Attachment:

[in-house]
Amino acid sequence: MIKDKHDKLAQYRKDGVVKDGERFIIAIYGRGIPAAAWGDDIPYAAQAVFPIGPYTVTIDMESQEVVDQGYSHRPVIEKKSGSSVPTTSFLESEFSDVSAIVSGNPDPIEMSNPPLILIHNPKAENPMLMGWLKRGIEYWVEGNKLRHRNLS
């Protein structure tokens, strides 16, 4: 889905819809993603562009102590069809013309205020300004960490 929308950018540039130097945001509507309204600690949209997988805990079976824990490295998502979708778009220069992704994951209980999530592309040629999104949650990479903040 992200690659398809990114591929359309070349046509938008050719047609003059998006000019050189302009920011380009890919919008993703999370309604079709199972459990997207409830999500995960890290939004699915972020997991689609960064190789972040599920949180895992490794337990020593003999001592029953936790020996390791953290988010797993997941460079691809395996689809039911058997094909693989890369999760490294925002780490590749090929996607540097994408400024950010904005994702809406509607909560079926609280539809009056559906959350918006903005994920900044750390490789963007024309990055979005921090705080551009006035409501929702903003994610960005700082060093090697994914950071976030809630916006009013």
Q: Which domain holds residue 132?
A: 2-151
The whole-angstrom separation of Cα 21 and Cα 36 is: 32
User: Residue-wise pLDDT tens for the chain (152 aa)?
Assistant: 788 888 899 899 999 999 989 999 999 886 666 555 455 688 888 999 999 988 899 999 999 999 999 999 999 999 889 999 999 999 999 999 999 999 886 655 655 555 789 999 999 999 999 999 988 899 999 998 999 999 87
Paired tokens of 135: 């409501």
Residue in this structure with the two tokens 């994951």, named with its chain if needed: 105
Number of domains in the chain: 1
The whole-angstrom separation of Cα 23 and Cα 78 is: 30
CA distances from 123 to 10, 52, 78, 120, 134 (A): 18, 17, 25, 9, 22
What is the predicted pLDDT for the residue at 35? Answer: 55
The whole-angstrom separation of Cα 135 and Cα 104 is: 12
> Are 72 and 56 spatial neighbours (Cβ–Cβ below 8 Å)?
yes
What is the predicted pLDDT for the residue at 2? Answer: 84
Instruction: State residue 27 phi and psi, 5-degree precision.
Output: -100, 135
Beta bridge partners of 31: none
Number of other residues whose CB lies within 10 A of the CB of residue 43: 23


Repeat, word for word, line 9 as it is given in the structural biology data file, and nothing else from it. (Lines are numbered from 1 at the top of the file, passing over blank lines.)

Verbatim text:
Paired tokens of 135: 């409501």